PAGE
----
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August 2019 Archives

Understanding no-contest clauses

You may often be placed in a precarious position when you are party to the estate of a loved one in San Jose. If, for example, the terms of your family member or friend’s will are not what you anticipated (and you choose to challenge them), many might write off your actions as you simply being petty. Yet there may indeed be a number of valid reasons for you to challenge the terms of a will (such as the decedent promising you a certain asset or property during their life, yet that stipulation not being in their will). Many in your same position have come to us here at Temmerman, Cilley & Kohlmann LLP concerned that such a challenge will automatically invoke a will’s no-contest clause.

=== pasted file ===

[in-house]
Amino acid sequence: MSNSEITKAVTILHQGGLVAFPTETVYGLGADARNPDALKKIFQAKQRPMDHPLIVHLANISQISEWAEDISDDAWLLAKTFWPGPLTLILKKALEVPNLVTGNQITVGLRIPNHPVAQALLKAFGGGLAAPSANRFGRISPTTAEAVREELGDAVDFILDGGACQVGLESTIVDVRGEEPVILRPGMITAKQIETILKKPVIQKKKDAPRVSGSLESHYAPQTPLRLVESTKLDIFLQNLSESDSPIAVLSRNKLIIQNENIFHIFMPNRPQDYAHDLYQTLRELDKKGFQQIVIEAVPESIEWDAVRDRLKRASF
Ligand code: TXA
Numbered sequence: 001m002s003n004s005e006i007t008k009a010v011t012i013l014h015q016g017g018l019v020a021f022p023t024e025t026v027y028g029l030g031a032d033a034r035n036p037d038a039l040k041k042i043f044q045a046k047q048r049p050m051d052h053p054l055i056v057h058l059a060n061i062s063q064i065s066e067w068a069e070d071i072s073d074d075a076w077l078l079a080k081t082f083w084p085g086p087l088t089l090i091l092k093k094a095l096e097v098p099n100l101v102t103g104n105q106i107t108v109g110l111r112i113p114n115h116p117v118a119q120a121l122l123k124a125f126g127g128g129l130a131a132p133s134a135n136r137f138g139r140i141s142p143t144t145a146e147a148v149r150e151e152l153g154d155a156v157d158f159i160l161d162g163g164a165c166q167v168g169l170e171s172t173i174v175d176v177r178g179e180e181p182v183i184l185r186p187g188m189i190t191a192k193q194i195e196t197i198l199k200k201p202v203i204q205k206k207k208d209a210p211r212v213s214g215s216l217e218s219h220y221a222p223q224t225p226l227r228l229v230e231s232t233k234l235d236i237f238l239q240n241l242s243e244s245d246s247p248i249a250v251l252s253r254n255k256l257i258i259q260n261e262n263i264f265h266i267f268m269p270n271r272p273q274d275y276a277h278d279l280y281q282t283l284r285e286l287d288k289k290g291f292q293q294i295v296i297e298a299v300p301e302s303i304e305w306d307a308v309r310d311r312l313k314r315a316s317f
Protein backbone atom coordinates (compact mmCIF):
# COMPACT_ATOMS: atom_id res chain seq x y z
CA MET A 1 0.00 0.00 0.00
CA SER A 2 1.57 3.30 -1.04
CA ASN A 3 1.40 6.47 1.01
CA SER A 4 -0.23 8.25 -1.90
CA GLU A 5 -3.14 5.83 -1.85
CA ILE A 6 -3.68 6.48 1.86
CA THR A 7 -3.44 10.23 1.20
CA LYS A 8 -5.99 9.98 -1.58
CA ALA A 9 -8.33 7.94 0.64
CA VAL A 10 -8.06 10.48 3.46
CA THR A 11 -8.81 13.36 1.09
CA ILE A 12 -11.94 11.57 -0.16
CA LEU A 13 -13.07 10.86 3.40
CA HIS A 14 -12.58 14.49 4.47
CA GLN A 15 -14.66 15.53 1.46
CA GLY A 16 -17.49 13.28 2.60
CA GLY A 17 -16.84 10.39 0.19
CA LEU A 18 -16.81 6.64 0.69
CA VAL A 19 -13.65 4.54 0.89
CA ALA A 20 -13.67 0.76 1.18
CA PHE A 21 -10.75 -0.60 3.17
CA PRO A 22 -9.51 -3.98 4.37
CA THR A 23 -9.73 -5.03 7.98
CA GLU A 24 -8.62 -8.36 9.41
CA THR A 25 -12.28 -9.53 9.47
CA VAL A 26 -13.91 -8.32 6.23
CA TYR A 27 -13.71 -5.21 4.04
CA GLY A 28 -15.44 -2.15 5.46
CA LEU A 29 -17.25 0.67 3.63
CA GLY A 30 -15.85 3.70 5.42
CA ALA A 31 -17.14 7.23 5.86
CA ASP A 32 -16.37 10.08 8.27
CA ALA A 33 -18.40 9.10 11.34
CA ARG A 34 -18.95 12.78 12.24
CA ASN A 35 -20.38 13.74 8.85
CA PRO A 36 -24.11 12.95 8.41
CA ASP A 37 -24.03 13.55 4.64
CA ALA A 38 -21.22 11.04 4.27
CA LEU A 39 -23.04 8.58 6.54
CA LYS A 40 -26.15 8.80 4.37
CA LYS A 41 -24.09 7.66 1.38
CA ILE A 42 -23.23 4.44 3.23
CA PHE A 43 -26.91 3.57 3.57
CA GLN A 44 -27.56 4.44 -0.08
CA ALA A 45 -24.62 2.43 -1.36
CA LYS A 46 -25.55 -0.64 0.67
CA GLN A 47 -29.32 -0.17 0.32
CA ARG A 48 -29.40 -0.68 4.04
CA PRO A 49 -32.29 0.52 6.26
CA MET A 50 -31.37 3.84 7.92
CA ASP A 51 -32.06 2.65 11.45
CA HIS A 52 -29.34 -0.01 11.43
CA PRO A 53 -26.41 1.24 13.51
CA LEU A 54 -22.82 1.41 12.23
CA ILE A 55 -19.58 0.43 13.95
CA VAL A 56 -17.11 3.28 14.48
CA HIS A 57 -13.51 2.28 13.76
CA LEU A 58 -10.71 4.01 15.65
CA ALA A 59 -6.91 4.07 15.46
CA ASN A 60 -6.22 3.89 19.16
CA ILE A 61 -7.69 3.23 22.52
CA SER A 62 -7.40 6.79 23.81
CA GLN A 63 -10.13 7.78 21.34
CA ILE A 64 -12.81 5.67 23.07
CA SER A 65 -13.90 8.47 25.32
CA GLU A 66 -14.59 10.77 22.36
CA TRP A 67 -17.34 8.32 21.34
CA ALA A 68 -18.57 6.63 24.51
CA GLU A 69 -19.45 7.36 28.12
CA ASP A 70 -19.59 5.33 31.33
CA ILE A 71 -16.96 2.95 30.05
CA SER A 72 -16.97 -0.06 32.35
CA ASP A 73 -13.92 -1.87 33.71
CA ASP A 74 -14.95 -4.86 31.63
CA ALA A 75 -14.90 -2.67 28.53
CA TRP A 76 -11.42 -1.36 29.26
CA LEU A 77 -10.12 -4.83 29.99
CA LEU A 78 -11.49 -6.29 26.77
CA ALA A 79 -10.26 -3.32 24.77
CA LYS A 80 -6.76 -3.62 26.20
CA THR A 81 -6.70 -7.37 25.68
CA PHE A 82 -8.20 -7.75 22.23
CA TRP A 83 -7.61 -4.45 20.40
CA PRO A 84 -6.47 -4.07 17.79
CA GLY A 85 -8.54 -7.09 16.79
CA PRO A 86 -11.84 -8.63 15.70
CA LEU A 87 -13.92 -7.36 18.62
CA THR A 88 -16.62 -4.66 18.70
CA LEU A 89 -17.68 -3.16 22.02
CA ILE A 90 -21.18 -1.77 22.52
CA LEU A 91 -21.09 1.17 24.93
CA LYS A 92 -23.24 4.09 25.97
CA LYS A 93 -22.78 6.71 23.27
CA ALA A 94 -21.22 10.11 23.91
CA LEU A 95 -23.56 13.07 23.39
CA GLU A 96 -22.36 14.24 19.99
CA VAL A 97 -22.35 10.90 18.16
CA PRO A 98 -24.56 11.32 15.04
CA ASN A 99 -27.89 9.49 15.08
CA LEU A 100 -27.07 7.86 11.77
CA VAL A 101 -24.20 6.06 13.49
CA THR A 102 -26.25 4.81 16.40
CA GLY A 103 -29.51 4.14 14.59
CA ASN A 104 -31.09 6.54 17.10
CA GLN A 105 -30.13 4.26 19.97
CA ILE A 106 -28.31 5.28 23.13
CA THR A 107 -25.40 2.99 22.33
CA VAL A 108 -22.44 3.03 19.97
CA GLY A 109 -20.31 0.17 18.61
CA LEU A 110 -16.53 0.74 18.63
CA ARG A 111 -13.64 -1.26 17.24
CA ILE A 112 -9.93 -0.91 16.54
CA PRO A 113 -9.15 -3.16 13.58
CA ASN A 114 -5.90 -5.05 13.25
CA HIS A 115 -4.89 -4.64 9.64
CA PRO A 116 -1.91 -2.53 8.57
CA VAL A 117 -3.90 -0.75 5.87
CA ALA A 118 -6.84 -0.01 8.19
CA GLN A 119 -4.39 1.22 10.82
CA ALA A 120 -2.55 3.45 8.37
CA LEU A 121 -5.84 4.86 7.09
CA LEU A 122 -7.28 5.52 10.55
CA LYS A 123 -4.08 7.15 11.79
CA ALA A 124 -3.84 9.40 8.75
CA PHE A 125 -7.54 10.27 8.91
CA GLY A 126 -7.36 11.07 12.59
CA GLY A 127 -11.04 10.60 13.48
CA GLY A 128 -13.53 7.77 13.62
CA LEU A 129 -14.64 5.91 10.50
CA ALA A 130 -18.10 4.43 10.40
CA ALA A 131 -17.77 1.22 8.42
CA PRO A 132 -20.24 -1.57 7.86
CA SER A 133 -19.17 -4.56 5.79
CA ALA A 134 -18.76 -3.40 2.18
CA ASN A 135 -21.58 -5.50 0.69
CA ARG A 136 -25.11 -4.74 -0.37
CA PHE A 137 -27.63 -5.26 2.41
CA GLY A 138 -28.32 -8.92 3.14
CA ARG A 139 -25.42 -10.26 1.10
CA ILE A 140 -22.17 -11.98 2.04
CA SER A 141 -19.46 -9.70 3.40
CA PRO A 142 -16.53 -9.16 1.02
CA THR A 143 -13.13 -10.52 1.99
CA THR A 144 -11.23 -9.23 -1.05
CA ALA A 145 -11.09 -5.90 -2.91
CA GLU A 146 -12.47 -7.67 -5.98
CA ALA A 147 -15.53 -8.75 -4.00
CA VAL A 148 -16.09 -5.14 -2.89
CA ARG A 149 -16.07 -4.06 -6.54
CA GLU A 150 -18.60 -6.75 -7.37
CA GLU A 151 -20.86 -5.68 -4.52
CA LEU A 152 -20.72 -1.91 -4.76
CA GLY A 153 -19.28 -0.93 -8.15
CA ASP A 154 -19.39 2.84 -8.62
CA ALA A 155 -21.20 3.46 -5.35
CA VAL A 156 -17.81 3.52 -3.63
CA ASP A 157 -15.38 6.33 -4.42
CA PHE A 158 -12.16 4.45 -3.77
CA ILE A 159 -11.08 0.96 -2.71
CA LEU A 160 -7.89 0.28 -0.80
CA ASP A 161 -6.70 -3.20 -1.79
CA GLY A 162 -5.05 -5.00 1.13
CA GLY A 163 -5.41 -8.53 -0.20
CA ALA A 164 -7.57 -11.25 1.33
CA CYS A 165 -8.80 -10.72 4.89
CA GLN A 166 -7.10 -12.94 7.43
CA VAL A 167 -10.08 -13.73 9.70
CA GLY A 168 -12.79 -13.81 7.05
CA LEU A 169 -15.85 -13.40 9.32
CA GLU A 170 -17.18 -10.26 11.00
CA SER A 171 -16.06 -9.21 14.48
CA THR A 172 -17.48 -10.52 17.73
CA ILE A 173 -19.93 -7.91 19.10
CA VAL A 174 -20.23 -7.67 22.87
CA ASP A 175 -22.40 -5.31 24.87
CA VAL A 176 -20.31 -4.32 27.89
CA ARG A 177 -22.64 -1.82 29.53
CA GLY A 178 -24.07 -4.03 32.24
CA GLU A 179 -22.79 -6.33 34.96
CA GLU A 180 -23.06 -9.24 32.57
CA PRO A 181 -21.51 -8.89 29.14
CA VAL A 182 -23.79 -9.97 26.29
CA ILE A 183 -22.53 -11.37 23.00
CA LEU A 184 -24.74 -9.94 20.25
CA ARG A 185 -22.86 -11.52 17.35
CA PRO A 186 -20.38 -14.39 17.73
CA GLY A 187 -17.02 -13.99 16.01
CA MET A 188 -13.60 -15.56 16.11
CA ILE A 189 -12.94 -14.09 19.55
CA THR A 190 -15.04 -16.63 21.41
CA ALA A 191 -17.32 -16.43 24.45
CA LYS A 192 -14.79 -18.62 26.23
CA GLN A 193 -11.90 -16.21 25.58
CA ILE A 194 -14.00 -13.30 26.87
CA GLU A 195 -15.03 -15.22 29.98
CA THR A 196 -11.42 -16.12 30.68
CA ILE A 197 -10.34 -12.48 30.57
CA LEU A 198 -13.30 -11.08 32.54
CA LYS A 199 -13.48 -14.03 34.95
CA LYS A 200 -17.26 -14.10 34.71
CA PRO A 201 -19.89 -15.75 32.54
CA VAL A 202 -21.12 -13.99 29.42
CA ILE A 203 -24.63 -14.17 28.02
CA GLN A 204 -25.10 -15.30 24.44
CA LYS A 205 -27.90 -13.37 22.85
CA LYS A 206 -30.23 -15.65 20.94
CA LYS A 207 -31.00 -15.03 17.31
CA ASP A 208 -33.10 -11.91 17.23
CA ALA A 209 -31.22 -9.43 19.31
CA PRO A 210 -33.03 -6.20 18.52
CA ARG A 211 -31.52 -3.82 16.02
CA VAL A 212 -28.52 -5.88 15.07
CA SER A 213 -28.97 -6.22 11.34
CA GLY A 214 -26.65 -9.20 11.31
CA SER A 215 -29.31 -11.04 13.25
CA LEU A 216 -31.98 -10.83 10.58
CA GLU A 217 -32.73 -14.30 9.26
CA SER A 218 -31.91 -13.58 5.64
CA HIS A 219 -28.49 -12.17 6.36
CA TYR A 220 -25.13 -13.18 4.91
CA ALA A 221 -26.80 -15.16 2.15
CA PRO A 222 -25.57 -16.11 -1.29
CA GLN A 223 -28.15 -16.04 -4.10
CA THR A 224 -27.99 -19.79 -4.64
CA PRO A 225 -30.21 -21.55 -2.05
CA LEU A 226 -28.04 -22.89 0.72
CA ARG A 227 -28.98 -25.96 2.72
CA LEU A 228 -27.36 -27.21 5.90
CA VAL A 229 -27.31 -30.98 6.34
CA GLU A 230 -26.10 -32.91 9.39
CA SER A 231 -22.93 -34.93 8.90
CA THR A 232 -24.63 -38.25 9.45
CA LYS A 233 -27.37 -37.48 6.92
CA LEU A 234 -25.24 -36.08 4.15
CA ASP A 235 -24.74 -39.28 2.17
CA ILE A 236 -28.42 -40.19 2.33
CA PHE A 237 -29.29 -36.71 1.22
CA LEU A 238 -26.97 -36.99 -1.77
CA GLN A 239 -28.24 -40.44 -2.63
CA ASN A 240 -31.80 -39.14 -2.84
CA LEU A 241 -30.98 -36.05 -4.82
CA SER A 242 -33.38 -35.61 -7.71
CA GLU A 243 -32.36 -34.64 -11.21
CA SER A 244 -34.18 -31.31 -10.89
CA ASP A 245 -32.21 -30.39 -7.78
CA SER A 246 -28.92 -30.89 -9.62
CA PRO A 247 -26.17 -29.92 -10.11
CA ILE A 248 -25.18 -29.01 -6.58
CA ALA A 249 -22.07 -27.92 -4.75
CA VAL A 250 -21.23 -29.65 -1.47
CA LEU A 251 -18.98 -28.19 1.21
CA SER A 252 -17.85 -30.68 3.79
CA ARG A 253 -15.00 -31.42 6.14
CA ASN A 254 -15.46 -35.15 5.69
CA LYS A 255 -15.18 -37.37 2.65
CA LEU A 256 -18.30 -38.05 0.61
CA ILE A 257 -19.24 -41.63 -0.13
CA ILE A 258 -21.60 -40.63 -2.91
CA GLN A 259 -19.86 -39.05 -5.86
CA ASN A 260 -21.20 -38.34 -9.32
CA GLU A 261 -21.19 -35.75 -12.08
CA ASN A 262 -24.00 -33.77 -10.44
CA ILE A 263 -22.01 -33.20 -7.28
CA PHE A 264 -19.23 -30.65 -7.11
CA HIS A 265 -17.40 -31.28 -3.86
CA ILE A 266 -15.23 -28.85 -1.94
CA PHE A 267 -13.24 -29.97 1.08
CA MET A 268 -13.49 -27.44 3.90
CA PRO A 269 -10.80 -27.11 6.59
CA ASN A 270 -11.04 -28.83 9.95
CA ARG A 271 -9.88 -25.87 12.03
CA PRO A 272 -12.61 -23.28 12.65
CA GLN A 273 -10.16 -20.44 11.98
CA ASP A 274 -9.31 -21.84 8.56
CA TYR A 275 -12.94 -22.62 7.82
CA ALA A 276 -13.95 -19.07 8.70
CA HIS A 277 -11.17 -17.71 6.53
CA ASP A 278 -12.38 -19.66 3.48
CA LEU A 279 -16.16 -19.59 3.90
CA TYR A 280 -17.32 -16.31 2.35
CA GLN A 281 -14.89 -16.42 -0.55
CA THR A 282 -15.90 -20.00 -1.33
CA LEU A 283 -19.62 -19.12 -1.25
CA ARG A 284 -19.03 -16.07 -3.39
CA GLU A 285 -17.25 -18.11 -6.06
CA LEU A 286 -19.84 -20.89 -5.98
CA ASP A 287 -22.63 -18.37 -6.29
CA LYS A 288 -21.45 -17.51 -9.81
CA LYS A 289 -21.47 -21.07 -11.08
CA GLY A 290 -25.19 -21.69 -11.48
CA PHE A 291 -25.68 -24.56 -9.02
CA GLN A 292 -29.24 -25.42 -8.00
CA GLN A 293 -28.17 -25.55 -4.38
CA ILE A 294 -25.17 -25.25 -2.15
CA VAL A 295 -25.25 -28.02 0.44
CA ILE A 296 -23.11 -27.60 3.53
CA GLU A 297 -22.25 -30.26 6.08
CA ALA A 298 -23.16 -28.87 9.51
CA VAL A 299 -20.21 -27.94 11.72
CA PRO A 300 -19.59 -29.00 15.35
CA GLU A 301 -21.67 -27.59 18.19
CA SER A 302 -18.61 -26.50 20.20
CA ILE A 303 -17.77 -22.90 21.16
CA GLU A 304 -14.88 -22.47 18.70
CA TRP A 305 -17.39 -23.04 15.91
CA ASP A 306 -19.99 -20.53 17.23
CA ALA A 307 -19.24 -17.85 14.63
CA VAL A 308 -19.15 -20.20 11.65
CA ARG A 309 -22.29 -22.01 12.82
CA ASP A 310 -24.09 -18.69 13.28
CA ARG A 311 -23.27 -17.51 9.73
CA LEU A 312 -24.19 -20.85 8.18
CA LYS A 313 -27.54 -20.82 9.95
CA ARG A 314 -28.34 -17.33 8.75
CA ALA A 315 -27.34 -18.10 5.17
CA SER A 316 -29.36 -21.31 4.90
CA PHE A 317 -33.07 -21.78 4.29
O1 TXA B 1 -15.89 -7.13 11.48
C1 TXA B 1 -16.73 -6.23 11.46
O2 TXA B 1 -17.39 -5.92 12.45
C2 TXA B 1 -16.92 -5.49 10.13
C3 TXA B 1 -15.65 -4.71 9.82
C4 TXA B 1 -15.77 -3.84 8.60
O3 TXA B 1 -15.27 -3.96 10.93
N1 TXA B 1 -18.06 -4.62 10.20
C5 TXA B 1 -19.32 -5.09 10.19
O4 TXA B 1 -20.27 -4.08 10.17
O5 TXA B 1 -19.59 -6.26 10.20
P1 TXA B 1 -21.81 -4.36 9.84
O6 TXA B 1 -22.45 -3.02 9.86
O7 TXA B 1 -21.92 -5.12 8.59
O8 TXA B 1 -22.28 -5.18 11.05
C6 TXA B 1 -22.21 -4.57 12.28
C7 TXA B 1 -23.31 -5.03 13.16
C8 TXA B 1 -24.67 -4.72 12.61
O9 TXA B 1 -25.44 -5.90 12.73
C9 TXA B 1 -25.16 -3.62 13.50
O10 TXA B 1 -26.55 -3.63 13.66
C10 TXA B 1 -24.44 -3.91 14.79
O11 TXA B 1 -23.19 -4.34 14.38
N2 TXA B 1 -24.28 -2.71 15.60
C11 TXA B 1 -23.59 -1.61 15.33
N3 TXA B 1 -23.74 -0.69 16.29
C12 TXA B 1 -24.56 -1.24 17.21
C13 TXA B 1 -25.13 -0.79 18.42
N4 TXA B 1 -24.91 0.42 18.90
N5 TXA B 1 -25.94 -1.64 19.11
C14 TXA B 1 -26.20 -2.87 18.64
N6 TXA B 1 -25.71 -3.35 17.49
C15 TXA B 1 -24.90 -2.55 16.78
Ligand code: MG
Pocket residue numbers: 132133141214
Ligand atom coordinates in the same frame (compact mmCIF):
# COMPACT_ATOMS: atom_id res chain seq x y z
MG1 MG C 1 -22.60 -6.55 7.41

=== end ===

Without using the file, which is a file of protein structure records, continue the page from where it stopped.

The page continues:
Is a nuncupative will legal?

Nuncupative wills are those that are spoken orally to another party. This typically occurs when a person is on their death bed and must provide instructions for the transfer of personal property to beneficiaries. In many cases, oral wills are not legally binding. However, they can be recognized by the court in some instances, provided the proper steps are followed. 

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